Herbert Burns Says Asian Fans Appreciate Grappling More
Posted by Jeffrey Harris on 08.27.2014
“It’s a different crowd.”
MMAjunkie recently spoke to MMA fighter Herbert Burns, who is set to face Hiroshige Tanaka at ONE FC 19 on Friday. Below are some highlights.
Burns on his move to train in Evolve MMA in Singapore: "I've been in Singapore for nine months this time around. I was invited by their black belt jiu-jitsu instructor, Bruno Pucci. We already knew each other in Rio. He needed fighters and instructors. He referred me to Saknarong Sityodtong, who's Evolve's founder, and they brought me over in October of last year."
Burns on the trouble he had finding opponents: "I had my first fight in Brazil, and I submitted my opponent in 25 seconds. After that, it was impossible to find other opponents. I would book a fight, and when they'd find out it was me, they'd back out. I couldn't find anyone to face me for around a year. Then Bruno told me about going to Evolve and fighting in Asia. I took my first fight in ONE FC with five days' notice, since someone got injured. I also won that fight by first-round submission."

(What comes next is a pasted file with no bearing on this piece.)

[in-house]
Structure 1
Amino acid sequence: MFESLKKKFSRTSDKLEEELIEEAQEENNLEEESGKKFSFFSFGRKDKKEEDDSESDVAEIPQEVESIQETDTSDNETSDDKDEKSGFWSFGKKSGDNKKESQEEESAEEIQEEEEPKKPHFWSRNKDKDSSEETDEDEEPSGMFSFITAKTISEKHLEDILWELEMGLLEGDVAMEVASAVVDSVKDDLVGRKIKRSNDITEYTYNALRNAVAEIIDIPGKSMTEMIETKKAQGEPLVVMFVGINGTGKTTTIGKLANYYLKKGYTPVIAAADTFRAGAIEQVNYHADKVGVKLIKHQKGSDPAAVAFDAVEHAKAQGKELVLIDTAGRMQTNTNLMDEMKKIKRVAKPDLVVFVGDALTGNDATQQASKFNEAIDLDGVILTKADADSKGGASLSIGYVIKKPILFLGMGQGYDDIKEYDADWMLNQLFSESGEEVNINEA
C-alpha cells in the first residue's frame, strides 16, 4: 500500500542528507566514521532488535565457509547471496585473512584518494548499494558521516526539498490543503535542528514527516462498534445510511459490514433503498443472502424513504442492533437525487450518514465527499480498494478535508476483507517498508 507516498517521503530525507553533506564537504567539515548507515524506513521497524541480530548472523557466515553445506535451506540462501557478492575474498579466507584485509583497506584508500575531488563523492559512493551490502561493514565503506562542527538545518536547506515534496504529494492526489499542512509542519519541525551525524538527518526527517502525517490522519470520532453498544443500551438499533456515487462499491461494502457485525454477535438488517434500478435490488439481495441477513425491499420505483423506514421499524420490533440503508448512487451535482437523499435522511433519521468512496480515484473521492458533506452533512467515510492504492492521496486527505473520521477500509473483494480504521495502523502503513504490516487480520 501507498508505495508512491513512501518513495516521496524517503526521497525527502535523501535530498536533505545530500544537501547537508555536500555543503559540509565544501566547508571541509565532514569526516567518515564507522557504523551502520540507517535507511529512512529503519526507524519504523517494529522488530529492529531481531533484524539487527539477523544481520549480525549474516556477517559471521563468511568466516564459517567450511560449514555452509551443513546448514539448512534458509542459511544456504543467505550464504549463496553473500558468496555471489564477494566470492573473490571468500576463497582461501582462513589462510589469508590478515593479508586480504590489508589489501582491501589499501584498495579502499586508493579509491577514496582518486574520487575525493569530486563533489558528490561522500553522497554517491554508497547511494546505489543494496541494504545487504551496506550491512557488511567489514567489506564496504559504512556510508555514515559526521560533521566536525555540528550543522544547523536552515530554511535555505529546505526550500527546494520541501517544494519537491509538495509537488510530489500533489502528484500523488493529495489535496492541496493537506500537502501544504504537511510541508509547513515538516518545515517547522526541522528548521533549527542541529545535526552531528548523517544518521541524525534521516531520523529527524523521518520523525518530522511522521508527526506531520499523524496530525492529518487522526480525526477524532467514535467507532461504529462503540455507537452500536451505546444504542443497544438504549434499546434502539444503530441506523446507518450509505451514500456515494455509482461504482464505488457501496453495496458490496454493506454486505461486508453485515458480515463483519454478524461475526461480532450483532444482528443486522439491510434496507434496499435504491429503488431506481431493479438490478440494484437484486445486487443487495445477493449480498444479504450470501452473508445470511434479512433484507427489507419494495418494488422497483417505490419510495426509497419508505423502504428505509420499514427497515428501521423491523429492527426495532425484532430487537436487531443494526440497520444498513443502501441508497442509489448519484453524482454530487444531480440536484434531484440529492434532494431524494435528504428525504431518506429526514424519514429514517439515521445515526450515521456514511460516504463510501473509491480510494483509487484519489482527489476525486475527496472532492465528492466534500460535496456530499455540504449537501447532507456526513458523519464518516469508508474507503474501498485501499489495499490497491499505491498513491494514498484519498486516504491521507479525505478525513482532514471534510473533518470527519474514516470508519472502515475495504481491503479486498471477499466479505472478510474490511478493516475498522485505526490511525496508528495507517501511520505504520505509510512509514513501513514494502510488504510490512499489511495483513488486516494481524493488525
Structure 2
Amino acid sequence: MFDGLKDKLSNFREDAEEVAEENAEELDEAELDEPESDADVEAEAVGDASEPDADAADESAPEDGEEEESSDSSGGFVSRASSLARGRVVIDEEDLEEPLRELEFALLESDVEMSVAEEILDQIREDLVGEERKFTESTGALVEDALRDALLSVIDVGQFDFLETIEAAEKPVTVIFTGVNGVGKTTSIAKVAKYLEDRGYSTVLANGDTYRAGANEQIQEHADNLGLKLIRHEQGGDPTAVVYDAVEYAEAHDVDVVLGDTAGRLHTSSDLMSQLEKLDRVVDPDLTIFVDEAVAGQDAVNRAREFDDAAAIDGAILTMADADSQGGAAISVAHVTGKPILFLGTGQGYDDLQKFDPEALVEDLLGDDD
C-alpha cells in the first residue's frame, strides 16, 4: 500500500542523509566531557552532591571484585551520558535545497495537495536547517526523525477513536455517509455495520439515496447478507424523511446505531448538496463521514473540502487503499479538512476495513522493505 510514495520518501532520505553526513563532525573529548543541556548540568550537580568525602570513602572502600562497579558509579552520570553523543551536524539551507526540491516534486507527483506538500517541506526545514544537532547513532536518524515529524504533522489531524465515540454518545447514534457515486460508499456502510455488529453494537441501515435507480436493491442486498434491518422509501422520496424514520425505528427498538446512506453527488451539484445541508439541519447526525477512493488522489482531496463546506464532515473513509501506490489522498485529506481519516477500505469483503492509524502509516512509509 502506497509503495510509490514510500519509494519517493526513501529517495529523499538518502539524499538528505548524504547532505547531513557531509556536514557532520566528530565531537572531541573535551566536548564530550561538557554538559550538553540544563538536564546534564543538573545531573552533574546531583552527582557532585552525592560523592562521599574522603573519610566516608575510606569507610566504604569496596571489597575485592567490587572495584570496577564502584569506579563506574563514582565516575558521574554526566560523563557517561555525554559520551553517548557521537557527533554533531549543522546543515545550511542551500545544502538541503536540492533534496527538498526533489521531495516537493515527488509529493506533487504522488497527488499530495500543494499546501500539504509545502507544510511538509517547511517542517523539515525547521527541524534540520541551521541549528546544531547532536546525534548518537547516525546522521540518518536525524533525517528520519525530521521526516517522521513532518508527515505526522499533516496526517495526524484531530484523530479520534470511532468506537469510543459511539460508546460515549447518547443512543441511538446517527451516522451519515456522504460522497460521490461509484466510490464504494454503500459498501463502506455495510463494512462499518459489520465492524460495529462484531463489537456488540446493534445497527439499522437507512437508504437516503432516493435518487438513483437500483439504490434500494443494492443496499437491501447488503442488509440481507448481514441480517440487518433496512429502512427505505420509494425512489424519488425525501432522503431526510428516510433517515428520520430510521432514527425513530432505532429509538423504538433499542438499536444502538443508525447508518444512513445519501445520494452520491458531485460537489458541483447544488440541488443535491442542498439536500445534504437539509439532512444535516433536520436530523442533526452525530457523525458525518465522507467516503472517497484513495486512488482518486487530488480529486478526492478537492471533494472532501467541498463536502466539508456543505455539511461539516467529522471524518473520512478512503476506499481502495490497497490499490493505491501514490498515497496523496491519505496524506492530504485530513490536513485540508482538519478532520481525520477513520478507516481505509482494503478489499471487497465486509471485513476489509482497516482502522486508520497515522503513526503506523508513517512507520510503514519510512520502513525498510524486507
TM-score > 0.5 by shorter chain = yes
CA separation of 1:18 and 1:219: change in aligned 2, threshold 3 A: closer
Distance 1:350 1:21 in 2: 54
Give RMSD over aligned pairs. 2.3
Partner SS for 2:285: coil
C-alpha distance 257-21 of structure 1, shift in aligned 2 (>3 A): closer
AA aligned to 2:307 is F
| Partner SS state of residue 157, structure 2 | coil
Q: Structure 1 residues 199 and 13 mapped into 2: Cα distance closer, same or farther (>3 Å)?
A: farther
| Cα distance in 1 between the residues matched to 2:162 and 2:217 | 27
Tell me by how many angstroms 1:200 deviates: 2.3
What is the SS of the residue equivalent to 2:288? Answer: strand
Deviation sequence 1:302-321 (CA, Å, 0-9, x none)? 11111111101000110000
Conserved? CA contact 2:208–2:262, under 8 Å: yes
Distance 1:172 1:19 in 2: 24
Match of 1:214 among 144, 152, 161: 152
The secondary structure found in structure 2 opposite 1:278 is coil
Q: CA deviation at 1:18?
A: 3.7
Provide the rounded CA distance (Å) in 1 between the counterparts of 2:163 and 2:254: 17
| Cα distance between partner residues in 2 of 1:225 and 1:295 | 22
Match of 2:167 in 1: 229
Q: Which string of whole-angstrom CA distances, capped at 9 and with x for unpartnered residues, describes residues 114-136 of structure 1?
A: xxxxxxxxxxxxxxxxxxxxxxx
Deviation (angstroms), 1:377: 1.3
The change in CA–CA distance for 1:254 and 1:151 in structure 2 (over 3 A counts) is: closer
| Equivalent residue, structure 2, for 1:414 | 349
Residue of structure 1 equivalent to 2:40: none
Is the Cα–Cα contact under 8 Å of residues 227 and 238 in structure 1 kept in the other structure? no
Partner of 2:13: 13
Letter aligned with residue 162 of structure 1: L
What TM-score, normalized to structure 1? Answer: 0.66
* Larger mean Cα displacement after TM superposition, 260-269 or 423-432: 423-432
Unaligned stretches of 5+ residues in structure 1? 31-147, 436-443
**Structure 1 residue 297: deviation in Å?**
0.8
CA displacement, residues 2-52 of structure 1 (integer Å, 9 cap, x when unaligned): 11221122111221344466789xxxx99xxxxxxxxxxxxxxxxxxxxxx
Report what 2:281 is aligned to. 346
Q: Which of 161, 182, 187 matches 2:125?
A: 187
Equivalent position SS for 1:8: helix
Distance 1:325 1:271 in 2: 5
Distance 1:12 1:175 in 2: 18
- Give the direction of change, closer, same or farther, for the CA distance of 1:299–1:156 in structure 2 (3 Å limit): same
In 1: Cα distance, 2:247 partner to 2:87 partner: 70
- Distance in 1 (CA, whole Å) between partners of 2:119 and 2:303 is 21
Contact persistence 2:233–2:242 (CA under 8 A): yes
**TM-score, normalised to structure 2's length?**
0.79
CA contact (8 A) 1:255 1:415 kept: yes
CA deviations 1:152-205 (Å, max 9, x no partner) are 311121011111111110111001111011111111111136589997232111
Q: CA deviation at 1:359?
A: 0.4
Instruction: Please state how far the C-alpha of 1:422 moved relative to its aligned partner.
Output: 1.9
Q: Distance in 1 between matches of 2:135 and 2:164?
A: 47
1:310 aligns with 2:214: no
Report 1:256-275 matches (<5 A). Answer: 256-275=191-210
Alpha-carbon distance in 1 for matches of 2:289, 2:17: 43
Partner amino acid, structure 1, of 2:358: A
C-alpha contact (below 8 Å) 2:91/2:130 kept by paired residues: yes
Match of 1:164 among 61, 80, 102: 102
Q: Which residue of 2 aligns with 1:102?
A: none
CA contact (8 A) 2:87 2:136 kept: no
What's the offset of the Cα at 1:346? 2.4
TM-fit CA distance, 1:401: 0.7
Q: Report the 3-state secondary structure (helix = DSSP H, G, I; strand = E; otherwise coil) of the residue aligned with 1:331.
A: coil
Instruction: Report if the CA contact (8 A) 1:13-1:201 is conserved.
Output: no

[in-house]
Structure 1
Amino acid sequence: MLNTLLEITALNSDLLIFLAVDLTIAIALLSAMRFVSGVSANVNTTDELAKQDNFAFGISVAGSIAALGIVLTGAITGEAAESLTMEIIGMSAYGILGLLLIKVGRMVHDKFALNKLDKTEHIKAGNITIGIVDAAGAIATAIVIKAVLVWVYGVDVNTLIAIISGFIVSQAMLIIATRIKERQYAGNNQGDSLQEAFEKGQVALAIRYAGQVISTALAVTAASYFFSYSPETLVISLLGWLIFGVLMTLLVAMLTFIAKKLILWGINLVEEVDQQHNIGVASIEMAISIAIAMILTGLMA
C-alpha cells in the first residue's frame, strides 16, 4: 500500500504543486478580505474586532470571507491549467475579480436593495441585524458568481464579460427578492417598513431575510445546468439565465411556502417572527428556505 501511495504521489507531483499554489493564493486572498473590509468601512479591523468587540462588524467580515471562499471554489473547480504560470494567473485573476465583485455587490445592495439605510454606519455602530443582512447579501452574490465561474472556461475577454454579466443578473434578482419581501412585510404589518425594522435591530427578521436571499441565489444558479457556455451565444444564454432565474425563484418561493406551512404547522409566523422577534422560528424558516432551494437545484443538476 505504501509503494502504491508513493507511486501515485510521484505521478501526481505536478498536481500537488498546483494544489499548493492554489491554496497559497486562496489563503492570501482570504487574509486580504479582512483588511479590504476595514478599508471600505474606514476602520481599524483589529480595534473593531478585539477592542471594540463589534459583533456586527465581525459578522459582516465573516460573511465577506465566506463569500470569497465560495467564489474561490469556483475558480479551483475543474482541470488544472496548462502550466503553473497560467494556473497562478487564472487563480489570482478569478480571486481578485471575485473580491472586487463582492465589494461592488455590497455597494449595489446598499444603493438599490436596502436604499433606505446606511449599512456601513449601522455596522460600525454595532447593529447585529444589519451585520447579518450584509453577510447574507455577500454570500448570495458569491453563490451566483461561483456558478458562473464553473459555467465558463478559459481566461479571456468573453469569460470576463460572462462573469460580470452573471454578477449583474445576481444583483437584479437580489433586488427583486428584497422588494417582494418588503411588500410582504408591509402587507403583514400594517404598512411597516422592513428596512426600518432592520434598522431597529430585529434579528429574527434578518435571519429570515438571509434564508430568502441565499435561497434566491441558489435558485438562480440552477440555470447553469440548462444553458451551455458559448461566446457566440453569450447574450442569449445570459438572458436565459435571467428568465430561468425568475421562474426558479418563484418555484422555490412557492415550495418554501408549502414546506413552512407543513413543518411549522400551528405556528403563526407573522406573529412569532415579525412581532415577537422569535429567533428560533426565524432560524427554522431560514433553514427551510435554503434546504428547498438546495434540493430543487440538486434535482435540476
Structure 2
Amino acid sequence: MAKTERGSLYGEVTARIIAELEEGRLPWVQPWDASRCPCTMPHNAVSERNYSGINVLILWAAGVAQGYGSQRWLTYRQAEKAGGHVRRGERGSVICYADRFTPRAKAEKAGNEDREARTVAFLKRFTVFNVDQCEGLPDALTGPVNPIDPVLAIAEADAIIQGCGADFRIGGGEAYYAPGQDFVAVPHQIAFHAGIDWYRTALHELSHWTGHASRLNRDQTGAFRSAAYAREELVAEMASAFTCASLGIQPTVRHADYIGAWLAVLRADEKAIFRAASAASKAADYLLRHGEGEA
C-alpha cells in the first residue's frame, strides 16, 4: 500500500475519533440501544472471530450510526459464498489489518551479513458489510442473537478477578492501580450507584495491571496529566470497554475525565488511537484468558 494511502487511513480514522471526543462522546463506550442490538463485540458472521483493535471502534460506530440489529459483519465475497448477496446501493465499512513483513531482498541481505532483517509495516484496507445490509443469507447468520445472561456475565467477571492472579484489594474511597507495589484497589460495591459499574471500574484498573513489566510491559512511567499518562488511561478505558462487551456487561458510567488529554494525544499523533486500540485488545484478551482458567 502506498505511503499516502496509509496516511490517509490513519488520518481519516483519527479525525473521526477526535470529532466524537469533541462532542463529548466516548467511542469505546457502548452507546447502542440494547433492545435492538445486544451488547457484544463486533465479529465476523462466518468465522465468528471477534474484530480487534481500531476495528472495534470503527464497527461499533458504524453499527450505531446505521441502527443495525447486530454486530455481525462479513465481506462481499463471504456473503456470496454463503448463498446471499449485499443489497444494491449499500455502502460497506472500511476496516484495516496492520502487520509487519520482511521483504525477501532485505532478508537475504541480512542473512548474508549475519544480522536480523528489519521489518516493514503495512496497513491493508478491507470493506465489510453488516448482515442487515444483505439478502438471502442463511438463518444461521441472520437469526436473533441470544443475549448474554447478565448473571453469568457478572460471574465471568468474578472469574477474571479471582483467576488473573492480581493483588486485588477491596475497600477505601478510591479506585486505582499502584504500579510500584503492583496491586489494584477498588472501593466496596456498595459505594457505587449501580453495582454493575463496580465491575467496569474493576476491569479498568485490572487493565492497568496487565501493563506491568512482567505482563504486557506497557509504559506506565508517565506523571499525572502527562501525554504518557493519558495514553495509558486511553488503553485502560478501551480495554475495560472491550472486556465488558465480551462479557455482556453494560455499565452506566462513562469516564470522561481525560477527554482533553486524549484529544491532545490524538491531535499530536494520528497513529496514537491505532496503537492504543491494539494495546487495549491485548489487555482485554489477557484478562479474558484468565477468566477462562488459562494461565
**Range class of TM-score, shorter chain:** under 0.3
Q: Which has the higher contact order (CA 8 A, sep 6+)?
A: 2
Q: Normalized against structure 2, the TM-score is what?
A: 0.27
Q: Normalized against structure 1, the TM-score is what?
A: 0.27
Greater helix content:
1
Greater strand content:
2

This thoughts on Tanaka: "He's much more experienced, but my previous opponent, Harris Sarmiento, had faced Nick Diaz, Rob McCullough, Ed West, Roger Huerta, Josh Thomson and Gilbert Melendez. I was able to stand with him and win the decision. Tanaka, however, is a southpaw with knockout power on both left and right hands. But we're working hard to deal with that, to take him down and to put my jujitsu to work, which is my best skill. I'm taller than him. I've been working with southpaws who happen to be world Muay Thai champions, so I can cut him off and get him down."
Burns on Asian fans appreciating a grappling style of fighting more: "It's a different crowd. In the United States, many fans come from a boxing culture. In Asia, there are many ground arts since jiu-jitsu originated in Japan. Many arts with a gi tend to be more technical. American fans are often drinking and screaming. In Asia, they tend to be quiet, appreciating the nuances of the fight. They're more patient and seem to enjoy grappling more. And in Asia, the judging rules tend to favor a grappler who comes close to submitting his opponent."
Burns on dealing with soccer kicks and knees on the ground being legal: "It's a different rule, but it's no big deal. We train with that in mind. The key is not to put yourself in a dangerous situation. For example, if you attempt a double leg, and your opponent gets you in a headlock, you can eat some knees. At that point you should try to spin away, try to get his back, or do some variation. But you can't simply stop in that position. Likewise, you can't just stay on the ground since you might take a soccer kick."